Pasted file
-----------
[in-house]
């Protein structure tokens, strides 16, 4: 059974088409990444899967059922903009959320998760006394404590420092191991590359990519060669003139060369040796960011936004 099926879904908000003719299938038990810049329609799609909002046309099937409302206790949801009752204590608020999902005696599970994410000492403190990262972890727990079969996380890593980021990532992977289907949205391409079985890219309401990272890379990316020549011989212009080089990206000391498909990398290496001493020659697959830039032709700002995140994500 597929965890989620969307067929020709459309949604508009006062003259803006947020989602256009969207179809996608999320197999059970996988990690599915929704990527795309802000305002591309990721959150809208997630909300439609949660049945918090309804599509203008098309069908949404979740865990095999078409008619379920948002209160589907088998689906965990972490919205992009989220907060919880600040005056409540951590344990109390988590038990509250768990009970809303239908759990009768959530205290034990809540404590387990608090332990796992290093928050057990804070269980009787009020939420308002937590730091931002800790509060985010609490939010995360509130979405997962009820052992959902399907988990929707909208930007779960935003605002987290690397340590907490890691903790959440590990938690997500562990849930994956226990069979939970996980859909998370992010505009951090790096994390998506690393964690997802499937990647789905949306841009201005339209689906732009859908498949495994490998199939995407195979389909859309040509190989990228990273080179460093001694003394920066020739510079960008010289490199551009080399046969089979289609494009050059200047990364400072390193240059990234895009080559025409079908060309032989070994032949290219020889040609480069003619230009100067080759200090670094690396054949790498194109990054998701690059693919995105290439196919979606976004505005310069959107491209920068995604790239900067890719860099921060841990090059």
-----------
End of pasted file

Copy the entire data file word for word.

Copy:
[in-house]
């Protein structure tokens, strides 16, 4: 059974088409990444899967059922903009959320998760006394404590420092191991590359990519060669003139060369040796960011936004 099926879904908000003719299938038990810049329609799609909002046309099937409302206790949801009752204590608020999902005696599970994410000492403190990262972890727990079969996380890593980021990532992977289907949205391409079985890219309401990272890379990316020549011989212009080089990206000391498909990398290496001493020659697959830039032709700002995140994500 597929965890989620969307067929020709459309949604508009006062003259803006947020989602256009969207179809996608999320197999059970996988990690599915929704990527795309802000305002591309990721959150809208997630909300439609949660049945918090309804599509203008098309069908949404979740865990095999078409008619379920948002209160589907088998689906965990972490919205992009989220907060919880600040005056409540951590344990109390988590038990509250768990009970809303239908759990009768959530205290034990809540404590387990608090332990796992290093928050057990804070269980009787009020939420308002937590730091931002800790509060985010609490939010995360509130979405997962009820052992959902399907988990929707909208930007779960935003605002987290690397340590907490890691903790959440590990938690997500562990849930994956226990069979939970996980859909998370992010505009951090790096994390998506690393964690997802499937990647789905949306841009201005339209689906732009859908498949495994490998199939995407195979389909859309040509190989990228990273080179460093001694003394920066020739510079960008010289490199551009080399046969089979289609494009050059200047990364400072390193240059990234895009080559025409079908060309032989070994032949290219020889040609480069003619230009100067080759200090670094690396054949790498194109990054998701690059693919995105290439196919979606976004505005310069959107491209920068995604790239900067890719860099921060841990090059």